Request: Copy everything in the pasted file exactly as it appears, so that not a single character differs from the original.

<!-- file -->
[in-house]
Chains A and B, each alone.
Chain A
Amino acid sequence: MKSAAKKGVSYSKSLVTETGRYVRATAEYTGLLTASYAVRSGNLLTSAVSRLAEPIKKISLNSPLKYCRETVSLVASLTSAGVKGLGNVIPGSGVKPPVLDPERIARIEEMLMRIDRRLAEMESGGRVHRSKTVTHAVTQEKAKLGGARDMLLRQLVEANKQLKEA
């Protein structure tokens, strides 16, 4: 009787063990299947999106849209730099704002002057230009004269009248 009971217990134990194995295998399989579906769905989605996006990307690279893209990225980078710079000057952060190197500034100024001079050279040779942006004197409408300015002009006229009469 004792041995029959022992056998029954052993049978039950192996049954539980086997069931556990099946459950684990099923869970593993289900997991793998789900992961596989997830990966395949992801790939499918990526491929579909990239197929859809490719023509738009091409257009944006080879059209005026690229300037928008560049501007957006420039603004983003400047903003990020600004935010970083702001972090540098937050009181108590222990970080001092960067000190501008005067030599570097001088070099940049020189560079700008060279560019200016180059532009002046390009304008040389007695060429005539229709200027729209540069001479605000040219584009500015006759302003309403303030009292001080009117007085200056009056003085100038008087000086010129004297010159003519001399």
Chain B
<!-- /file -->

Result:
[in-house]
Chains A and B, each alone.
Chain A
Amino acid sequence: MKSAAKKGVSYSKSLVTETGRYVRATAEYTGLLTASYAVRSGNLLTSAVSRLAEPIKKISLNSPLKYCRETVSLVASLTSAGVKGLGNVIPGSGVKPPVLDPERIARIEEMLMRIDRRLAEMESGGRVHRSKTVTHAVTQEKAKLGGARDMLLRQLVEANKQLKEA
């Protein structure tokens, strides 16, 4: 009787063990299947999106849209730099704002002057230009004269009248 009971217990134990194995295998399989579906769905989605996006990307690279893209990225980078710079000057952060190197500034100024001079050279040779942006004197409408300015002009006229009469 004792041995029959022992056998029954052993049978039950192996049954539980086997069931556990099946459950684990099923869970593993289900997991793998789900992961596989997830990966395949992801790939499918990526491929579909990239197929859809490719023509738009091409257009944006080879059209005026690229300037928008560049501007957006420039603004983003400047903003990020600004935010970083702001972090540098937050009181108590222990970080001092960067000190501008005067030599570097001088070099940049020189560079700008060279560019200016180059532009002046390009304008040389007695060429005539229709200027729209540069001479605000040219584009500015006759302003309403303030009292001080009117007085200056009056003085100038008087000086010129004297010159003519001399």
Chain B